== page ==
You cannot say, “The People must remain absolutely neutral as to whether the People, as such, owe any allegiance to God, to acknowledge His benefits, and to pray for His protection.” To say it is to deny the debt. It is to take a position while trying to appear to take none. To decline to choose to pray, now and ever, is to choose not to pray. It is to choose irreligion. One should at least be honest about it.
We have all heard what has come to be a liberal dictum, that the State must remain neutral as regards religion or irreligion. One can show fairly easily that the men who wrote our constitution had no such neutrality in mind, given the laws that they and their fellows subsequently passed, their habits of public prayer at meetings, and their common understanding that freedom without virtue, and virtue without piety, were chimeras. To show that that understanding persisted, all one need do is open every textbook for school children published for almost two hundred years; or recall that Catholic immigrants established their own schools not so that their pupils might read the Bible, but so that they might choose which translation they were to read.
Still, there are two more fundamental reasons for rejecting the dictum. One is that it is not possible. The other is that it is not conceivable, even if it were possible. It is a contradiction in terms.
The Nude Beach Principle
On the impossibility: consider the effects of a permission that radically alters the nature of the context in which the action is permitted. We might call this the Nude Beach Principle. Suppose that Surftown has one beautiful beach, where young and old, boys and girls, single people and whole families, have been used to relax, go swimming, and have picnics. Now suppose that a small group of nudists petitions the town council to allow for nude bathing. Their argument is simple—actually, it is no more than a fig leaf for the mere expression of desire. They say, “We want to do this, and we, tolerant as we are, do not wish to impose our standards on anyone else. No one will be required to bathe in the raw. Live and let live, that’s our motto.”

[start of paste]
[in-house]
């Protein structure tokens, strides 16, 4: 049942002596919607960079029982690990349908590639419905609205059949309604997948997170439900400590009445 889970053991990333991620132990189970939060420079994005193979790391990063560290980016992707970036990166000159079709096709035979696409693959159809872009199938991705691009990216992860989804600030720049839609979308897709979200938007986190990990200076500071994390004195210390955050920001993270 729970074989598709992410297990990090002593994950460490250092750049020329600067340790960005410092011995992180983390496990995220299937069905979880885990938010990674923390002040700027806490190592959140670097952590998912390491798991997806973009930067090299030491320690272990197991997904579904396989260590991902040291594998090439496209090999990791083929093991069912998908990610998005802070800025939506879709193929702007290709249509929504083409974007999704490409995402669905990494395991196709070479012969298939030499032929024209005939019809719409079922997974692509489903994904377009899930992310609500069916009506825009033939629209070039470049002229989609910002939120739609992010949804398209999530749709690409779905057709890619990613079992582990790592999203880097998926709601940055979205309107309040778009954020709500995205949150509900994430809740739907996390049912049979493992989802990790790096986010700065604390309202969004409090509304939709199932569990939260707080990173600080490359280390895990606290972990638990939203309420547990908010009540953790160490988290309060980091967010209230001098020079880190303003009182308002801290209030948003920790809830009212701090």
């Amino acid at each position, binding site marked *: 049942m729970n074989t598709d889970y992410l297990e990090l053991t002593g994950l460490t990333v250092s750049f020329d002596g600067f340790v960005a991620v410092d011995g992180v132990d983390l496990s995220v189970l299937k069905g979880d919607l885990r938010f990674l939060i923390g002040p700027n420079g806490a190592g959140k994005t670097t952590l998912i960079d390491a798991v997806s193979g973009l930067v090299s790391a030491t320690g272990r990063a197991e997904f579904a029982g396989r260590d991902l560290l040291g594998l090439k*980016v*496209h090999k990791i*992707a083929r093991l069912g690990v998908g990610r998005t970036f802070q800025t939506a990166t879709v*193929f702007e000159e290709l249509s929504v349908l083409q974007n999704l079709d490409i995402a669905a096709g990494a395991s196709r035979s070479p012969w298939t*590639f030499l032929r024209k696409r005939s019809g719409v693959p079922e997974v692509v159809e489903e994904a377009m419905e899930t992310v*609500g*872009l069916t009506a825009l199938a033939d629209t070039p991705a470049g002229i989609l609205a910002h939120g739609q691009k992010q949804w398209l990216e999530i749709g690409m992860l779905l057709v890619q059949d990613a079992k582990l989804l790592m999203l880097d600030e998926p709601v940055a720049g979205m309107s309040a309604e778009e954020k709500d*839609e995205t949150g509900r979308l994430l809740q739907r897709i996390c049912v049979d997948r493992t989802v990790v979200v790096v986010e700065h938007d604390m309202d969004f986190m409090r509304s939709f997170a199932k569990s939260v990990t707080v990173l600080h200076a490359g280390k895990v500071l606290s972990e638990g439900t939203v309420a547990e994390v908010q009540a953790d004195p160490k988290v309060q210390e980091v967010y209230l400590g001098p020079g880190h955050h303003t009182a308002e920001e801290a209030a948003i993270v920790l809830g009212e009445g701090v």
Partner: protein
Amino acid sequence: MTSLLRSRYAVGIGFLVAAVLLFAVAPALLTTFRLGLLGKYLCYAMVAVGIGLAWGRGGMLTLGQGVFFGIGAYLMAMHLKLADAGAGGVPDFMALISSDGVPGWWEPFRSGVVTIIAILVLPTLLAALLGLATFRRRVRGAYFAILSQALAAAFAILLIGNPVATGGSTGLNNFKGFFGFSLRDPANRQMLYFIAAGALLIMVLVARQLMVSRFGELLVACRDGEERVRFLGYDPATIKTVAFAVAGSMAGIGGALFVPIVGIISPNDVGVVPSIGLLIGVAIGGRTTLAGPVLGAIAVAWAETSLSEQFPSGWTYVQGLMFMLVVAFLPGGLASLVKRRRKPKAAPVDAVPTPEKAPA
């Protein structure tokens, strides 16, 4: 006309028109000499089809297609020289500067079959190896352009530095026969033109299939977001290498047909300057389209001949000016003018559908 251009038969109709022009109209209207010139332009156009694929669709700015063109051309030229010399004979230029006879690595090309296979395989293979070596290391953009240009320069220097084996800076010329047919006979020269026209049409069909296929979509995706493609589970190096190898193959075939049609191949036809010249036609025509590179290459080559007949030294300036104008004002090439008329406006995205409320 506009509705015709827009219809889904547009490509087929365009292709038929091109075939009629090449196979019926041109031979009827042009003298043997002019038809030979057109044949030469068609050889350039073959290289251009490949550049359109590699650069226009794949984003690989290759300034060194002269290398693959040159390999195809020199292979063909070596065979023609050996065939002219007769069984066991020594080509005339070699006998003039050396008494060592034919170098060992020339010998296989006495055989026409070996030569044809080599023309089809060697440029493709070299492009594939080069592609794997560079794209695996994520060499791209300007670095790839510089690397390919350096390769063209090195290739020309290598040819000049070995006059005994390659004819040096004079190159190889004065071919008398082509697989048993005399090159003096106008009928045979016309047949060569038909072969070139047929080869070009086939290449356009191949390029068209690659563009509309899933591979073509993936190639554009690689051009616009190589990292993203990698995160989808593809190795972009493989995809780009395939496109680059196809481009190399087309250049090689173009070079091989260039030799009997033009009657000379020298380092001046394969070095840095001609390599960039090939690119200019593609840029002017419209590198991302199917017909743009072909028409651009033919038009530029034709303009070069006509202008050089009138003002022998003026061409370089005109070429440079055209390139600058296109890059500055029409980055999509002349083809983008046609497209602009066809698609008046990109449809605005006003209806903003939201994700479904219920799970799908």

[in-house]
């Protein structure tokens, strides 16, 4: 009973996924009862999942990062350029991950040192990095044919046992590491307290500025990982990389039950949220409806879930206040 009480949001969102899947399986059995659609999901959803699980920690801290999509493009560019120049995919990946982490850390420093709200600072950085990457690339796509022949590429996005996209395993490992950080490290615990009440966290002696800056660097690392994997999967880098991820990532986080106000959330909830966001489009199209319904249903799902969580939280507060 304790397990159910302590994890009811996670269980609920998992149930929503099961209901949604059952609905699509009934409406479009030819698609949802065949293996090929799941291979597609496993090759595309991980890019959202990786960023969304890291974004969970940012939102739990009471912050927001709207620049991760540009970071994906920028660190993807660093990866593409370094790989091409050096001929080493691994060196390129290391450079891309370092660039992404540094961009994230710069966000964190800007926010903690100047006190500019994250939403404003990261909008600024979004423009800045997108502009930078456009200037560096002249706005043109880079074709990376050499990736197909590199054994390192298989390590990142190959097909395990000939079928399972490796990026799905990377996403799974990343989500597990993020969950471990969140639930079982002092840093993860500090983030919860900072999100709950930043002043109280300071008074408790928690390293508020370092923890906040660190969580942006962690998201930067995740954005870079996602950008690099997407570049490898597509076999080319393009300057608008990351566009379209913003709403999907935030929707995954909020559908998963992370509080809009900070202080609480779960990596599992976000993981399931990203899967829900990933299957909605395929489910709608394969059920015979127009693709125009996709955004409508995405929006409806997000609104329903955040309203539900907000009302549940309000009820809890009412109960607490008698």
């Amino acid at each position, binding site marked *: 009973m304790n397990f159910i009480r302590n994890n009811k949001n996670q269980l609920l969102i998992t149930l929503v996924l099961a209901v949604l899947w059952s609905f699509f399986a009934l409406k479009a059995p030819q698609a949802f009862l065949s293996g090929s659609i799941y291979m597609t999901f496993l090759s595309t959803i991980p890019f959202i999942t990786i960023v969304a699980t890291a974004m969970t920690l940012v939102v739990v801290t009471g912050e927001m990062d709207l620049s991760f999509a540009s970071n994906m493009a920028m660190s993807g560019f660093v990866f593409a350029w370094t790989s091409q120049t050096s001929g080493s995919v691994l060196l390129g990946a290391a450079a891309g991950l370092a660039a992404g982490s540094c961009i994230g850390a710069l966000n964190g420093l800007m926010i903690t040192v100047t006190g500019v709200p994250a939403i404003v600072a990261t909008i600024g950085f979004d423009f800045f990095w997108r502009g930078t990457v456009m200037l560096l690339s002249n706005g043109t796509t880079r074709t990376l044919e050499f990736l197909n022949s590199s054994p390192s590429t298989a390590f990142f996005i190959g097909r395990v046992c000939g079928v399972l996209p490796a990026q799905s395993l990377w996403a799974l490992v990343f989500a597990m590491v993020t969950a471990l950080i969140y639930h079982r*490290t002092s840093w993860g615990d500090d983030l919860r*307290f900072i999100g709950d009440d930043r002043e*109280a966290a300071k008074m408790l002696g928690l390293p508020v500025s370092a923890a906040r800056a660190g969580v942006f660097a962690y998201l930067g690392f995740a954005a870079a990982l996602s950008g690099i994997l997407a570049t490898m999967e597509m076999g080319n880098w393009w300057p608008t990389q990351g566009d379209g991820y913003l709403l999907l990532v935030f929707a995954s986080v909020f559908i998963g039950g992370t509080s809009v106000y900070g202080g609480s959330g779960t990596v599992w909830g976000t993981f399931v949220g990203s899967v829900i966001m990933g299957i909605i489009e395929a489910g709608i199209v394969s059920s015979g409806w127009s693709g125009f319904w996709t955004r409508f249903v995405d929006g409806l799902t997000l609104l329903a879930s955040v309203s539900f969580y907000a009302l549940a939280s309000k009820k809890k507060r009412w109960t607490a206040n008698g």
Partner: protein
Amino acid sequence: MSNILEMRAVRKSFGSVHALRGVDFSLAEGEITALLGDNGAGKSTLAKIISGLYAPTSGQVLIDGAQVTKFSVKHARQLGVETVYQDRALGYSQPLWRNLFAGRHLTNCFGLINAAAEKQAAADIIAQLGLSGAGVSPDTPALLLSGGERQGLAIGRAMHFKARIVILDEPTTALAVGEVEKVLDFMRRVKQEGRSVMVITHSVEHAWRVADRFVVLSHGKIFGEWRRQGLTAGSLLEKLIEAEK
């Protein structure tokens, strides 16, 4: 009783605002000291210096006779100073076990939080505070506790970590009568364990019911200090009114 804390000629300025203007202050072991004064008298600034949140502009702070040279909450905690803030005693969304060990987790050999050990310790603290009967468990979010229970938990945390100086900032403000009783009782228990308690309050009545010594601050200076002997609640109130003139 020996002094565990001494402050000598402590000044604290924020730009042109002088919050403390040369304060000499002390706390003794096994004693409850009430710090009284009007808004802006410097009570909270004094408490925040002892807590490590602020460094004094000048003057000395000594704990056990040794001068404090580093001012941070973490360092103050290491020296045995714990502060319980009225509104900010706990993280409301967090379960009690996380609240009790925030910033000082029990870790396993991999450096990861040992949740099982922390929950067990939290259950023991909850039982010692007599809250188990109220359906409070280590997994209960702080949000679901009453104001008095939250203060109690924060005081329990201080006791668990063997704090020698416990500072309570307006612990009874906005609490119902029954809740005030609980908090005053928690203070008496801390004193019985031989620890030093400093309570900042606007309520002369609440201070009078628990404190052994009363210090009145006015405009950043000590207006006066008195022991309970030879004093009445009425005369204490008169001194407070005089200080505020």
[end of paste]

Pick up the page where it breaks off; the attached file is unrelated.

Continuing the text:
But you cannot have a Half-Nude Beach. A beach on which some people stroll without a stitch of clothing is a nude beach, period. A councilman cannot say, “I remain entirely neutral on whether clothing should be required on a beach,” because that is equivalent to saying that it is not opprobrious or not despicable to walk naked in front of other people, including children.
Two factors must be at work, for the Nude Beach Principle to apply. One is whether we can expect some people to act upon the permission. The other is an easily predictable harm that the permission so acted upon will bring to people who do not act upon it, or who, because of moral disapprobation, disgust, fear, or pain, would never act upon it.